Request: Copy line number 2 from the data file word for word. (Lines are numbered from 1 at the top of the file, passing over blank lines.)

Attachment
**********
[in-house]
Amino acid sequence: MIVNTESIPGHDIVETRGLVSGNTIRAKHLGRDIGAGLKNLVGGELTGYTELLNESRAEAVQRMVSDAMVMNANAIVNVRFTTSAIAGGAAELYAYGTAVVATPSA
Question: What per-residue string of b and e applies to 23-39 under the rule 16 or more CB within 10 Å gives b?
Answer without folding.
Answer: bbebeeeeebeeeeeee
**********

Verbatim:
Amino acid sequence: MIVNTESIPGHDIVETRGLVSGNTIRAKHLGRDIGAGLKNLVGGELTGYTELLNESRAEAVQRMVSDAMVMNANAIVNVRFTTSAIAGGAAELYAYGTAVVATPSA